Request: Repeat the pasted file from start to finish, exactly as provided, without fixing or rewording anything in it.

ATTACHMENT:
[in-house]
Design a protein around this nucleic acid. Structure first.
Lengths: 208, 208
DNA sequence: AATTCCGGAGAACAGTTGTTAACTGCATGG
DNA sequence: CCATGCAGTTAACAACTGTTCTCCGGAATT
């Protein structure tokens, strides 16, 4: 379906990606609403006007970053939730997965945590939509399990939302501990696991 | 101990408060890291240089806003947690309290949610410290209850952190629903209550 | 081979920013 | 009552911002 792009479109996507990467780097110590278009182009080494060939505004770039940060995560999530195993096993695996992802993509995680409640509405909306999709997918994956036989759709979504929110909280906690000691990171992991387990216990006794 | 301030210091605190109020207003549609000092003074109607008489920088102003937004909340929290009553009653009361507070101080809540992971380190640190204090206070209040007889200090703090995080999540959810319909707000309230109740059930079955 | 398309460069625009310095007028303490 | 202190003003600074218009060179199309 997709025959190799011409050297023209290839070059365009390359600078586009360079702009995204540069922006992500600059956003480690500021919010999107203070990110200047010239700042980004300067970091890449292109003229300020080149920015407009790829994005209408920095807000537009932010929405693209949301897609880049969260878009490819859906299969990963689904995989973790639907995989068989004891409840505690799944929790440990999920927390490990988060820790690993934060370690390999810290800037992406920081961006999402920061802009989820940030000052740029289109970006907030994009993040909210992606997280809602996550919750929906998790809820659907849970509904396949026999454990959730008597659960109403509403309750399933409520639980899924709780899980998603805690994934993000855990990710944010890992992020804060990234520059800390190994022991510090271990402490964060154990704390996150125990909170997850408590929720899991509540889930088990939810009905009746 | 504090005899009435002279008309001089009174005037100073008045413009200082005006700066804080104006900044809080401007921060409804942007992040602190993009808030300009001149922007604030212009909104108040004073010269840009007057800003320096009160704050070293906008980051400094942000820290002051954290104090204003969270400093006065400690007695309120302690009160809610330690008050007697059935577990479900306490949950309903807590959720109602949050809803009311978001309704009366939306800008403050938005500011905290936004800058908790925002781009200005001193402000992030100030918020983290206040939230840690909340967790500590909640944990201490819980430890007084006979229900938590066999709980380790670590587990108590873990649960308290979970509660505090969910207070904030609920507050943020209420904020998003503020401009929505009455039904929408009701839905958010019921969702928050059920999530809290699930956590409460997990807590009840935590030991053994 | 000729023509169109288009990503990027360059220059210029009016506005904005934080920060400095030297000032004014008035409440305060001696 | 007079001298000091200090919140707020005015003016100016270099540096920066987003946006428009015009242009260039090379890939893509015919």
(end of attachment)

[in-house]
Design a protein around this nucleic acid. Structure first.
Lengths: 208, 208
DNA sequence: AATTCCGGAGAACAGTTGTTAACTGCATGG
DNA sequence: CCATGCAGTTAACAACTGTTCTCCGGAATT
């Protein structure tokens, strides 16, 4: 379906990606609403006007970053939730997965945590939509399990939302501990696991 | 101990408060890291240089806003947690309290949610410290209850952190629903209550 | 081979920013 | 009552911002 792009479109996507990467780097110590278009182009080494060939505004770039940060995560999530195993096993695996992802993509995680409640509405909306999709997918994956036989759709979504929110909280906690000691990171992991387990216990006794 | 301030210091605190109020207003549609000092003074109607008489920088102003937004909340929290009553009653009361507070101080809540992971380190640190204090206070209040007889200090703090995080999540959810319909707000309230109740059930079955 | 398309460069625009310095007028303490 | 202190003003600074218009060179199309 997709025959190799011409050297023209290839070059365009390359600078586009360079702009995204540069922006992500600059956003480690500021919010999107203070990110200047010239700042980004300067970091890449292109003229300020080149920015407009790829994005209408920095807000537009932010929405693209949301897609880049969260878009490819859906299969990963689904995989973790639907995989068989004891409840505690799944929790440990999920927390490990988060820790690993934060370690390999810290800037992406920081961006999402920061802009989820940030000052740029289109970006907030994009993040909210992606997280809602996550919750929906998790809820659907849970509904396949026999454990959730008597659960109403509403309750399933409520639980899924709780899980998603805690994934993000855990990710944010890992992020804060990234520059800390190994022991510090271990402490964060154990704390996150125990909170997850408590929720899991509540889930088990939810009905009746 | 504090005899009435002279008309001089009174005037100073008045413009200082005006700066804080104006900044809080401007921060409804942007992040602190993009808030300009001149922007604030212009909104108040004073010269840009007057800003320096009160704050070293906008980051400094942000820290002051954290104090204003969270400093006065400690007695309120302690009160809610330690008050007697059935577990479900306490949950309903807590959720109602949050809803009311978001309704009366939306800008403050938005500011905290936004800058908790925002781009200005001193402000992030100030918020983290206040939230840690909340967790500590909640944990201490819980430890007084006979229900938590066999709980380790670590587990108590873990649960308290979970509660505090969910207070904030609920507050943020209420904020998003503020401009929505009455039904929408009701839905958010019921969702928050059920999530809290699930956590409460997990807590009840935590030991053994 | 000729023509169109288009990503990027360059220059210029009016506005904005934080920060400095030297000032004014008035409440305060001696 | 007079001298000091200090919140707020005015003016100016270099540096920066987003946006428009015009242009260039090379890939893509015919």